History of the Bridge:
Grading for the the Railroad Bridge and the railroad bed started in January 1914, from the west side of the river with equipment and materials brought by ships and barges to Port Angeles. The Chicago, Milwaukee, and St Paul Railway, later called the Milwaukee Road, built the bridge. The timber for the bridge was cut at railroad saw mills maybe in the northwest but possibly in the Midwest. The iron jigs used to size and bore the timbers and the steel for the bridge were likely made in railroad yards and foundries near Chicago, IL.
Making and building the the bridge took about 3-4 weeks in the summer of 1915. The lower timbers (stringers) were assembled first and set to grade on pieces of timber to support their weight. Then the rails were laid. A train could then carry the heavy timbers for the vertical parts of the bridge, which were lifted and bolted into place directly from flat cars. Then the cribbing was removed. The bridge first carried trains in July, 1915.
From 1915 to 1980 the Milwaukee Road operated the rail line from Port Townsend to Port Angeles and then west to connect with several logging railroads. The overwhelming cargo carried by the railroad was Olympic Peninsula timber. The line did operate a passenger service until the 1930’s. The Milwaukee Road sold the line to the Seattle and North Coast Railroad in 1980 who, in-turn, abandoned the line in 1985. The last train crossed the bridge in March, 1985.
The bridge is a modified Howe-through truss. This means that the train went through the middle of the structure of the truss.
The designer of the truss was a millwright from Spencer, Massachusetts, named William Howe, who was also the uncle of Elias Howe, the inventor of the sewing machine. The first Howe truss was built in 1838 near Warren, MA. Howe was more of an inventor than an engineer, as he personally supervised the construction of only two of his trusses.
William’s major innovation over earlier wood trusses was the use of iron (later steel) to carry the tension load and wood to carry the compression load. On our bridge there are sets of vertical steel rods on each side that carried the tension, or stretching force, that was exerted by the weight of the train as it went over the bridge. The cheaper and more plentiful timbers supported the compression, or squeezing force, that occurred as the weight of the train shifted through the structure as it rolled down the tracks.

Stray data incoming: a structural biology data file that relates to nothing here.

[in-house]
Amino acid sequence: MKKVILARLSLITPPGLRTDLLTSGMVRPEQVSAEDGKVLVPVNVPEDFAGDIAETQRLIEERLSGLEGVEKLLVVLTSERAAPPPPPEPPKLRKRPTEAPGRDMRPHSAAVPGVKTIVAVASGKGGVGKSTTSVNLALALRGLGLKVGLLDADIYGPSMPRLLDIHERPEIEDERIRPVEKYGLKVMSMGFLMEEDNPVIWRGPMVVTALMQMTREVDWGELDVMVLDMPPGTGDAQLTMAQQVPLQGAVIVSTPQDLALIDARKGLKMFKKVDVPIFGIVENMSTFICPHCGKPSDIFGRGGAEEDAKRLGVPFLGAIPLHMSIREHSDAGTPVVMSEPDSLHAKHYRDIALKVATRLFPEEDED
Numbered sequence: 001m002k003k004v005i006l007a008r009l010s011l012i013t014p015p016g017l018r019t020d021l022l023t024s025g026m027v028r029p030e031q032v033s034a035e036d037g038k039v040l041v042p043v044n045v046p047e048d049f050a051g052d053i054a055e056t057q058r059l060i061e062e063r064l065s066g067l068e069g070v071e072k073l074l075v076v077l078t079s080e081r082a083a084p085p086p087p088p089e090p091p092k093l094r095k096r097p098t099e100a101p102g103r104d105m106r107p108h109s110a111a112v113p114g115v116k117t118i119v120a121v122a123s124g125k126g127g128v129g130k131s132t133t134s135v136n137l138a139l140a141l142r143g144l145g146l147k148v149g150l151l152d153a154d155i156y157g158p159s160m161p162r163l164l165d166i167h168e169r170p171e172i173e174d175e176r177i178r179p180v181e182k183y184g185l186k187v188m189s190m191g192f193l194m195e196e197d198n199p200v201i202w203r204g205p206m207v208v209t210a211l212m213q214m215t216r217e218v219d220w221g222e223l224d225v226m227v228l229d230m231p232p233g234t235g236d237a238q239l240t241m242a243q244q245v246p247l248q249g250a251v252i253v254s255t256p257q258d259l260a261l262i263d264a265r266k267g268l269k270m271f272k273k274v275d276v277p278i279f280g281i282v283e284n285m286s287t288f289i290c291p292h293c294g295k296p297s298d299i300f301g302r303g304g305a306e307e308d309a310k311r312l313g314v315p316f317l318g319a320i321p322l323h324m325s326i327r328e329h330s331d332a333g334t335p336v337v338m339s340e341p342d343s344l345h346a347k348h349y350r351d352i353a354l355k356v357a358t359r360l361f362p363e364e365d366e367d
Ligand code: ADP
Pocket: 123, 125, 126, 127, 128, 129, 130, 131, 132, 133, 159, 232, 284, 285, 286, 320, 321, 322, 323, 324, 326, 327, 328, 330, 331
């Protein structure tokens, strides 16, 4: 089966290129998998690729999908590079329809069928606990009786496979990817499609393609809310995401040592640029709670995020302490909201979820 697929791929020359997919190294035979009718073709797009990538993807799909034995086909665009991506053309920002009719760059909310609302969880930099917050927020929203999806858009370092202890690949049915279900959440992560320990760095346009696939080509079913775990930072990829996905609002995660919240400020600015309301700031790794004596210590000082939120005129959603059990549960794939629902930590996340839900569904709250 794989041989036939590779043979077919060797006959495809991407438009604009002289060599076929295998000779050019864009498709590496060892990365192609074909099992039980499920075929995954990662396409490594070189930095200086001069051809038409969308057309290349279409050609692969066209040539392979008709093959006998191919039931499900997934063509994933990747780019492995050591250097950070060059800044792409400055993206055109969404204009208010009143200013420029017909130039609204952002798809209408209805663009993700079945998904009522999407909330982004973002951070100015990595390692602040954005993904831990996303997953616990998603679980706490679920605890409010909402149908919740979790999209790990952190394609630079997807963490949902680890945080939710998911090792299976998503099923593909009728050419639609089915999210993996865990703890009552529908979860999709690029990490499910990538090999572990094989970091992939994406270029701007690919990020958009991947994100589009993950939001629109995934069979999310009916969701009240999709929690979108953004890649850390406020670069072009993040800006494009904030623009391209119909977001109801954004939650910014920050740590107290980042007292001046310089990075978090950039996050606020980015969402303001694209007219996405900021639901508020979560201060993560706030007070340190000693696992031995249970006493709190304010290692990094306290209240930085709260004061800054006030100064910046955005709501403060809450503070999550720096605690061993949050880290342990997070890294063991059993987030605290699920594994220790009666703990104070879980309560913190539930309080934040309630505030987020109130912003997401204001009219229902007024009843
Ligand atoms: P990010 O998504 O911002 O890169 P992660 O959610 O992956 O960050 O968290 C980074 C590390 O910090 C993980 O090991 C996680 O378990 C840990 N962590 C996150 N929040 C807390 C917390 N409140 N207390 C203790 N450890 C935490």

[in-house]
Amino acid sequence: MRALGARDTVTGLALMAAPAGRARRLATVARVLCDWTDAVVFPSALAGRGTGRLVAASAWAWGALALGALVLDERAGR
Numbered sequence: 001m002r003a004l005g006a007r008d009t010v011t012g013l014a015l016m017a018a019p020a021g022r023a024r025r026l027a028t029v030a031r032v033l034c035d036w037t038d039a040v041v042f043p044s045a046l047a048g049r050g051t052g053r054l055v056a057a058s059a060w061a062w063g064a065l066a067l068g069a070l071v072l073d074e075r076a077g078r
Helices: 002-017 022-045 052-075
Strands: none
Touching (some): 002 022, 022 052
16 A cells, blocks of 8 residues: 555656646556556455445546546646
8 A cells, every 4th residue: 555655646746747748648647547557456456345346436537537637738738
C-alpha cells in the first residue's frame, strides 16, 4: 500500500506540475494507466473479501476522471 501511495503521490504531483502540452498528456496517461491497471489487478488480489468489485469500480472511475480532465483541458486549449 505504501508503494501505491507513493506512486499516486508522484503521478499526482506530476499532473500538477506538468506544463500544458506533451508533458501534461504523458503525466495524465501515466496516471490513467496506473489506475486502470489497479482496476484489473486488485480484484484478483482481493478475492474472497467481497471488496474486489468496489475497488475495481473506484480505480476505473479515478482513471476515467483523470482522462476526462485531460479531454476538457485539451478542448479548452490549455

Many railroads quickly adopted this design as a standard railroad structure. It was stiff, relatively inexpensive, very suitable for trains, and could be “prefabricated;” that is, cut to size in a mill or at an off-site shop and hauled to the site by the railroad. It could be erected quickly by a crew of railroad construction workers, not requiring a higher-skilled group of iron/steel workers, as did iron/steel trusses.
The Howe truss was used by US railroads for over 130 years from 1850’s -1980’s. It was common in the West and particularly in the Northwest. While the timber was plentiful in the Northwest compared with iron and steel, all the materials were usually processed in the east or mid-west then hauled here on the railroads. Since the railroad hauled its own materials, the cost of transportation was a minor factor.
Most Howe trusses in the Northwest were built after 1880. Our Howe truss, built in 1915, was one of the last built in Washington and is one of the few remaining. It might even be the last! It is on the National Historic Register.
Bridge Sections & Length:
There are two sections of our bridge: the truss part, which is the primary span over the main stem of the River, about 150 feet long; and the trestle part, which is the long wood walkway supported by pilings and short timber beams/stringers, about 580 feet long. The trestle section of the bridge lies over the western flood plain and several side channels of the river, allowing flood waters to flow past the bridge with little restriction. The total length of the bridge, truss plus trestle, is over 730 ft. long; making our Railroad Bridge the longest bridge on the Dungeness River.Foot note: The history of our region and the railroad is interwoven with that of the bridge. Most of the information in this summary comes from the research of John Hook and Steve Hauff. These two men have made a lifelong commitment to researching, recording, and saving the history of the railroads in western Washington. Any mistakes in this summary, however, are mine. If anyone has more questions on the bridge or the railroad, we have more detailed information at the River Center.